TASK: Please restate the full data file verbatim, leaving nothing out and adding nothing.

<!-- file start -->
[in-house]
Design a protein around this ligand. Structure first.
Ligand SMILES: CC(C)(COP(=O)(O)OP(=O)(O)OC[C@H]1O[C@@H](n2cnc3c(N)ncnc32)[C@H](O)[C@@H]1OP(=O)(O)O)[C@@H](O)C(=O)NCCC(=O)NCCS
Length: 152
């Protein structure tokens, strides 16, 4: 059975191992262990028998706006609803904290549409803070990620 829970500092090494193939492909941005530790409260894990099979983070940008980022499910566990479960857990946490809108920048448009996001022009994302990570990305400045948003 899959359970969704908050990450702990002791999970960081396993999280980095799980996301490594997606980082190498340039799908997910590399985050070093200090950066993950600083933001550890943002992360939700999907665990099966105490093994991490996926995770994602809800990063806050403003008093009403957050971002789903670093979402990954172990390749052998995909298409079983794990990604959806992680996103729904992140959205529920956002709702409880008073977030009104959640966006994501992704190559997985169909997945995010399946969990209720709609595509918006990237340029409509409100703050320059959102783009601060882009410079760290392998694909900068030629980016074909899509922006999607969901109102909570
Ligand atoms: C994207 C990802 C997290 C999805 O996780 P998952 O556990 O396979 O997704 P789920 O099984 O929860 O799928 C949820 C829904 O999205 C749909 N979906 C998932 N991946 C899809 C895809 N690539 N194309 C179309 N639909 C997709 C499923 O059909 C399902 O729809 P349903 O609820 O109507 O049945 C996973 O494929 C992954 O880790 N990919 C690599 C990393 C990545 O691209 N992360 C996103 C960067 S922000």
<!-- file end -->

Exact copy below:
[in-house]
Design a protein around this ligand. Structure first.
Ligand SMILES: CC(C)(COP(=O)(O)OP(=O)(O)OC[C@H]1O[C@@H](n2cnc3c(N)ncnc32)[C@H](O)[C@@H]1OP(=O)(O)O)[C@@H](O)C(=O)NCCC(=O)NCCS
Length: 152
């Protein structure tokens, strides 16, 4: 059975191992262990028998706006609803904290549409803070990620 829970500092090494193939492909941005530790409260894990099979983070940008980022499910566990479960857990946490809108920048448009996001022009994302990570990305400045948003 899959359970969704908050990450702990002791999970960081396993999280980095799980996301490594997606980082190498340039799908997910590399985050070093200090950066993950600083933001550890943002992360939700999907665990099966105490093994991490996926995770994602809800990063806050403003008093009403957050971002789903670093979402990954172990390749052998995909298409079983794990990604959806992680996103729904992140959205529920956002709702409880008073977030009104959640966006994501992704190559997985169909997945995010399946969990209720709609595509918006990237340029409509409100703050320059959102783009601060882009410079760290392998694909900068030629980016074909899509922006999607969901109102909570
Ligand atoms: C994207 C990802 C997290 C999805 O996780 P998952 O556990 O396979 O997704 P789920 O099984 O929860 O799928 C949820 C829904 O999205 C749909 N979906 C998932 N991946 C899809 C895809 N690539 N194309 C179309 N639909 C997709 C499923 O059909 C399902 O729809 P349903 O609820 O109507 O049945 C996973 O494929 C992954 O880790 N990919 C690599 C990393 C990545 O691209 N992360 C996103 C960067 S922000």